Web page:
Documenting Burning Impacts

Changes in the landscape pattern and composition of vegetation resulting from fire have been measured at Boggy Plain on the South Alligator River. This was done using high-resolution, satellite remote sensing, in conjunction with ground-truthing of vegetation cover using airboat surveys, as well as helicopter surveys for mapping fire-scar boundaries. Survey data were spatially referenced to enable their location to be identified on geo-registered satellite imagery. These analyses have documented dramatic change in vegetation composition and structure following burning, with a large reduction in cover of previously dominant hymenachne, and increases in cover of other wetland vegetation types (Fig. 7).
Fig. 7

Remotely-sensed vegetation maps of Boggy Plain immediately before and six months after the first fires (hatched area)

Water birds have been identified as key indicators of the benefits of wetland burning because of their high values for biodiversity conservation, traditional resource use, and tourism. Water bird monitoring at Yellow Water demonstrates the dramatic impact of burning, with abundance and richness many times higher at recently burned compared with long-unburned sites (Fig. 8). Bird populations decline over subsequent years as hymenachne expands, indicating the need for ongoing fire management.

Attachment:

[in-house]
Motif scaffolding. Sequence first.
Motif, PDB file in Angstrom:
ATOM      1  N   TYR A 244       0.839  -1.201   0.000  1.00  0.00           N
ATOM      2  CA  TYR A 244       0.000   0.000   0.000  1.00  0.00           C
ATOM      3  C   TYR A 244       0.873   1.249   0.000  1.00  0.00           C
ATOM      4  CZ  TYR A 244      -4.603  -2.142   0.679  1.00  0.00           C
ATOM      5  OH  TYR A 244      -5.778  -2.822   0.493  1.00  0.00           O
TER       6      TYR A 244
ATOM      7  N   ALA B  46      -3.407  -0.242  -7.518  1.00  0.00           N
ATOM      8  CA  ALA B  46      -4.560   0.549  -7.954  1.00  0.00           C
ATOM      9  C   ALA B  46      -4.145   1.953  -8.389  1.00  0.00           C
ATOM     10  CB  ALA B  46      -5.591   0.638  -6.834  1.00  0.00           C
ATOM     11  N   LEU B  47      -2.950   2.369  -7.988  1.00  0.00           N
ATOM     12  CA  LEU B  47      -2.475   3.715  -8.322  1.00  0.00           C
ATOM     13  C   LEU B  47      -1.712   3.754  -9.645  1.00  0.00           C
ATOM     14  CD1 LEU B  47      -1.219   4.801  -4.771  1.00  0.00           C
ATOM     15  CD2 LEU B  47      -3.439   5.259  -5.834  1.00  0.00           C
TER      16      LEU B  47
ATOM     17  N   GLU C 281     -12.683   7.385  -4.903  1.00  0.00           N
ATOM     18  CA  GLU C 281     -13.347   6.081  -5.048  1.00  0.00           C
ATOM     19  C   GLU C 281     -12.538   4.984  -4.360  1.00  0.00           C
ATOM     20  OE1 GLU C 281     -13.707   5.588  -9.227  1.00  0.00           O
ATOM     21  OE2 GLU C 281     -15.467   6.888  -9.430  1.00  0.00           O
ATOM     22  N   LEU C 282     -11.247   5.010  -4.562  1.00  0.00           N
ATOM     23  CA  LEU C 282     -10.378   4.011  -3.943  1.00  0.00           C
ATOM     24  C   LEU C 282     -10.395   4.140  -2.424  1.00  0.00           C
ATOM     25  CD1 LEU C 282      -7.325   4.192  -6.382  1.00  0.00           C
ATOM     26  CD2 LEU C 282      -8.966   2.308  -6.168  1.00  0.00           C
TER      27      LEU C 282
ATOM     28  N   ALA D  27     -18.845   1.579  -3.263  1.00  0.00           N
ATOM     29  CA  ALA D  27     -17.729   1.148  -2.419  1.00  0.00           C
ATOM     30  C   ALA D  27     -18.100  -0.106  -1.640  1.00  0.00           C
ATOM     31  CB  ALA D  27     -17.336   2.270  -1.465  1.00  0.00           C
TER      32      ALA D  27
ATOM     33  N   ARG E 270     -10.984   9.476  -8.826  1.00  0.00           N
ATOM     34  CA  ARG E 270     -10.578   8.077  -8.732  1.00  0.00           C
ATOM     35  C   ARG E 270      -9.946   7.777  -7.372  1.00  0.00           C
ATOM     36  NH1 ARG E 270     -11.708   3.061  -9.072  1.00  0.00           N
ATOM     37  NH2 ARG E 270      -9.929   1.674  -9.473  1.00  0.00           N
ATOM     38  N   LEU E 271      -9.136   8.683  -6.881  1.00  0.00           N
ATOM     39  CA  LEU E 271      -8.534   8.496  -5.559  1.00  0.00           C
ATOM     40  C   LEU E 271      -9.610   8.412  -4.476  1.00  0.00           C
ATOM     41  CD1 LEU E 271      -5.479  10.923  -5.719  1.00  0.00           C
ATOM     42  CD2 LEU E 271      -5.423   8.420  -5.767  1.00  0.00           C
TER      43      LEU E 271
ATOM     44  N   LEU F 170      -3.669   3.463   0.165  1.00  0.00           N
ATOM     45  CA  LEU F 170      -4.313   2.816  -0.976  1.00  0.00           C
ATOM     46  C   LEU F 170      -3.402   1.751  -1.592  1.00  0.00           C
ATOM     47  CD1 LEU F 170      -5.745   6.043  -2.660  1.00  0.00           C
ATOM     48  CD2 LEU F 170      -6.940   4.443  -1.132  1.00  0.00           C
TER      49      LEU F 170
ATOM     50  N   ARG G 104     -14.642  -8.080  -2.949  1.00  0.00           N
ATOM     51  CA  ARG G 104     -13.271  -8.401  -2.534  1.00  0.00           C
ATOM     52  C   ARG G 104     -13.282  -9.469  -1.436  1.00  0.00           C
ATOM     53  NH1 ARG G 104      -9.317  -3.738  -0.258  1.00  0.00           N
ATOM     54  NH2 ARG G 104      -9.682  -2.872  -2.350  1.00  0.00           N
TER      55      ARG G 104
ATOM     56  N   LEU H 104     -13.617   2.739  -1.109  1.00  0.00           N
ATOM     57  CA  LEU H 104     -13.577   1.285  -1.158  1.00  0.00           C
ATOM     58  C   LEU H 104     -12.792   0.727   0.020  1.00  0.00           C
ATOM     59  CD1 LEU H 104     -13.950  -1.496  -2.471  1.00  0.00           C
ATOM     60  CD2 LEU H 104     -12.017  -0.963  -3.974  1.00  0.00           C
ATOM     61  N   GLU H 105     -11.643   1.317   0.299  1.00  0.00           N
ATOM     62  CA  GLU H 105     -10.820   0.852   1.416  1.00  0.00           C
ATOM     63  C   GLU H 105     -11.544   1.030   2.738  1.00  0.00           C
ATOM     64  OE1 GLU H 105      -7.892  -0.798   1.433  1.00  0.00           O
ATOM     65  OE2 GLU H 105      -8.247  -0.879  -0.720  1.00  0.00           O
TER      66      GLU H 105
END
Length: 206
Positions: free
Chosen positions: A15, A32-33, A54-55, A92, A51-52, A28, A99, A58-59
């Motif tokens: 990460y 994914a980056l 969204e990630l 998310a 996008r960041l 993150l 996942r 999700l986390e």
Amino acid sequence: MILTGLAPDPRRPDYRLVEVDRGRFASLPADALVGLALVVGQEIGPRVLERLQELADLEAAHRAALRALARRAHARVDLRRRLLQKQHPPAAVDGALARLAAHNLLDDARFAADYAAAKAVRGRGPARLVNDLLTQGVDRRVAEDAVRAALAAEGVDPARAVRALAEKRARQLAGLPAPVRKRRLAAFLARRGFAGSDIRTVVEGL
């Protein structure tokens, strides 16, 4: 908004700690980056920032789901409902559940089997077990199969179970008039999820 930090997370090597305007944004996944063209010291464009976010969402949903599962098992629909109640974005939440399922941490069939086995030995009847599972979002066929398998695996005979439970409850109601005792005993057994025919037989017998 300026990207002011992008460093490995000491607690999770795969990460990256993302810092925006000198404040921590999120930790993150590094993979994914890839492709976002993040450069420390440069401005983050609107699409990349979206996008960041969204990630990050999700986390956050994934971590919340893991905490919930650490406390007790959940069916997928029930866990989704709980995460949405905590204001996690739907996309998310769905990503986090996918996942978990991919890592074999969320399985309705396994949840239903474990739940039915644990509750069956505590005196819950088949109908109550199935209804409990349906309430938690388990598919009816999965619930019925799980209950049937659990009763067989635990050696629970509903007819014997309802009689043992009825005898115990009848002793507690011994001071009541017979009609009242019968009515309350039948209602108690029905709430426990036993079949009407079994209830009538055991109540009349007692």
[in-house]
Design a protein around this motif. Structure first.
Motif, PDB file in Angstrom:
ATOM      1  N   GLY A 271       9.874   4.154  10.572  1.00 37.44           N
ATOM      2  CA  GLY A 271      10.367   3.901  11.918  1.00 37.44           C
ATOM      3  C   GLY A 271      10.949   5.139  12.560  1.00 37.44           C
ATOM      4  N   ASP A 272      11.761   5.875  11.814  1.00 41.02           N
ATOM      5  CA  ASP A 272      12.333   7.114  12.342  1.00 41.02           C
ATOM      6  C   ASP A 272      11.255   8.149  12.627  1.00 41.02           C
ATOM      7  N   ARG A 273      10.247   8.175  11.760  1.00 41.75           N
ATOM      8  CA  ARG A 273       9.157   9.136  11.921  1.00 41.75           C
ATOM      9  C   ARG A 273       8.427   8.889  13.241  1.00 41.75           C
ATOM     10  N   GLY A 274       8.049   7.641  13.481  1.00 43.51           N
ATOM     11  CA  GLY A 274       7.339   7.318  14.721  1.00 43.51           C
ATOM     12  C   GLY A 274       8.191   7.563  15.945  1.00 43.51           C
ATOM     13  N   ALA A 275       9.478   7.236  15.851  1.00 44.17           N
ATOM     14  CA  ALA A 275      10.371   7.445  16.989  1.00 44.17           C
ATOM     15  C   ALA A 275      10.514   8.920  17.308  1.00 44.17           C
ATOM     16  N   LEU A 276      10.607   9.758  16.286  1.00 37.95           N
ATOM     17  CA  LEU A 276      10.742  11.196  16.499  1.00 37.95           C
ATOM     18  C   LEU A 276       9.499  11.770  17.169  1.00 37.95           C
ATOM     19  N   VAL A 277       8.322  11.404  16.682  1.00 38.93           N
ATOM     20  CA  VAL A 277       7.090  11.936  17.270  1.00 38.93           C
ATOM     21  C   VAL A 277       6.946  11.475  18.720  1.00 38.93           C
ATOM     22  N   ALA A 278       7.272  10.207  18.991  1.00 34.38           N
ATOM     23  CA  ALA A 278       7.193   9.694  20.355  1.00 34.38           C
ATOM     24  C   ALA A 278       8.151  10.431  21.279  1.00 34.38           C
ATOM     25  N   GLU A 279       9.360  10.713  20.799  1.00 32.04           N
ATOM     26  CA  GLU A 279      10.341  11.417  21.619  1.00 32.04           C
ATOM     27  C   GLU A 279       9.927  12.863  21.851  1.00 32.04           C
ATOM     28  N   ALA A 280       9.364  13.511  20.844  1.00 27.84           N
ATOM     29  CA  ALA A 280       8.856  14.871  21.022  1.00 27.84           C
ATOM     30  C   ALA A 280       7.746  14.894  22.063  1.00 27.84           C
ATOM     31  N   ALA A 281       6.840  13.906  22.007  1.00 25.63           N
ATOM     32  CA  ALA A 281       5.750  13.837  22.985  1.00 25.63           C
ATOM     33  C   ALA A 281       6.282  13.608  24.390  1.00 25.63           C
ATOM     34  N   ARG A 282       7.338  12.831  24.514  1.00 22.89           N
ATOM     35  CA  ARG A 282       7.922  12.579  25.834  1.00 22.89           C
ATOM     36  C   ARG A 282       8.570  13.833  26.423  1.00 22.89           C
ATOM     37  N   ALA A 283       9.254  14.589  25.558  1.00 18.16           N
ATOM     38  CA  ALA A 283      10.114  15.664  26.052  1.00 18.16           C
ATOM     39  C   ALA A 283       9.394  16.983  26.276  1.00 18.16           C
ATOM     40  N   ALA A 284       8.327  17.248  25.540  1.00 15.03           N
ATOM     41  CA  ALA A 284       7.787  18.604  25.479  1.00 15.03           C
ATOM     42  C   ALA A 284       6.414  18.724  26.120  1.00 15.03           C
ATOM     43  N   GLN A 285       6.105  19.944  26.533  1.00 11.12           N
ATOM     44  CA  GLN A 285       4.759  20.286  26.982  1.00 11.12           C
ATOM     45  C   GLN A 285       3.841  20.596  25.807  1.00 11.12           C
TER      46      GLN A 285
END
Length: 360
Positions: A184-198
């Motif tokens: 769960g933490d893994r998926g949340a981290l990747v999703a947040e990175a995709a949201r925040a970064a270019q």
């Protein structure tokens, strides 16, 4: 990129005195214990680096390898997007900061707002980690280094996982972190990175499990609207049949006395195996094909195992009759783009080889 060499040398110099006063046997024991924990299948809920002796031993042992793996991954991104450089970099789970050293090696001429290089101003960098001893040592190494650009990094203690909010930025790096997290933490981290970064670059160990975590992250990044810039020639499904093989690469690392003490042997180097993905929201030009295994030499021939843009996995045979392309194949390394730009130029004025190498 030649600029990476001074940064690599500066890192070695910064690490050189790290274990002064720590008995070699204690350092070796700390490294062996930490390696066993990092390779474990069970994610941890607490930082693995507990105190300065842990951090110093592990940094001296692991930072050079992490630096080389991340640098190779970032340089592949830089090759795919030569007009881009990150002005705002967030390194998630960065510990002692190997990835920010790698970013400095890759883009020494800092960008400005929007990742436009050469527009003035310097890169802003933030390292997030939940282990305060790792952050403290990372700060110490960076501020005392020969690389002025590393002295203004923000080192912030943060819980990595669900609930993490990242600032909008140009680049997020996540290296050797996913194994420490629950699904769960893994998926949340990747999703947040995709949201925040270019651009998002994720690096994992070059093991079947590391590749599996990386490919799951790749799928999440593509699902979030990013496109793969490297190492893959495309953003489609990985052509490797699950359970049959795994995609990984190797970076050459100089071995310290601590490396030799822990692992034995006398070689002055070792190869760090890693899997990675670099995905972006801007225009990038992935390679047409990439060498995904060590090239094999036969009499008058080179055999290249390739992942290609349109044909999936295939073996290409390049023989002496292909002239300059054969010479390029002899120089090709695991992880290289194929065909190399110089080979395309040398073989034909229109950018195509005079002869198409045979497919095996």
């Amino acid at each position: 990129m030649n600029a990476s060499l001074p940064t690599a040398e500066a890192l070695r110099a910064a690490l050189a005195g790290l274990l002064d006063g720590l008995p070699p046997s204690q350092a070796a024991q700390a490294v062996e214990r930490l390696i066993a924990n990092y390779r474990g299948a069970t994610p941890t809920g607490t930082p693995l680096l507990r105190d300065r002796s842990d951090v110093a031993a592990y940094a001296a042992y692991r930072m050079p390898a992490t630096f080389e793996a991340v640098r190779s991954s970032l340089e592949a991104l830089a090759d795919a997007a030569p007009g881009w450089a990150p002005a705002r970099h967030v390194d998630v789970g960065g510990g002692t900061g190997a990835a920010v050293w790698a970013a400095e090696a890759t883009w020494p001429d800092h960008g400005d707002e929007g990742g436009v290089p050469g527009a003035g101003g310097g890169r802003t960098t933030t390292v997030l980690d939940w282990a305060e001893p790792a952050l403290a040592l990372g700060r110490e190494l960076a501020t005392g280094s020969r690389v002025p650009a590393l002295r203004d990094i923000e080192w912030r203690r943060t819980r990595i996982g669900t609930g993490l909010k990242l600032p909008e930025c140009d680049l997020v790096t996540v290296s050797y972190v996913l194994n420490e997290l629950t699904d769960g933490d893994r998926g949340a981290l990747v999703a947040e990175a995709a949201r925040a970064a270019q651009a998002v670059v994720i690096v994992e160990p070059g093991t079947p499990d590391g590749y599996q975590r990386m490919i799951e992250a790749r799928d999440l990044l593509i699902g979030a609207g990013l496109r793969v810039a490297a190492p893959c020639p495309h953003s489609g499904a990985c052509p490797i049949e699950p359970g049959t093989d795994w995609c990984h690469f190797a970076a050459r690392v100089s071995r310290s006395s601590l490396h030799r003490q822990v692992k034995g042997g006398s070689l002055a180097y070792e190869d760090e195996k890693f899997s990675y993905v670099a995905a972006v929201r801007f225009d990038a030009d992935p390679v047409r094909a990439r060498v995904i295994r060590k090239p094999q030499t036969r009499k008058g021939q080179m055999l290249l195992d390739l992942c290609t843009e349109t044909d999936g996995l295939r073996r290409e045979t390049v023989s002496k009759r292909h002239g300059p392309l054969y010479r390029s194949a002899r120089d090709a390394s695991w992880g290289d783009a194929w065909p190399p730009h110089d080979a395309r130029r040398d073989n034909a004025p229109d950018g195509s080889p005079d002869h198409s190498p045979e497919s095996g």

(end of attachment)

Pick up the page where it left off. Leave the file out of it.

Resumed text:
Fig. 8

Abundance and richness of water birds at floodplain sites representing different burning treatments at Yellow Water. Data are visual counts within 1 ha. plots

Representing Traditional Ecological Knowledge Through Bayesian Belief Networks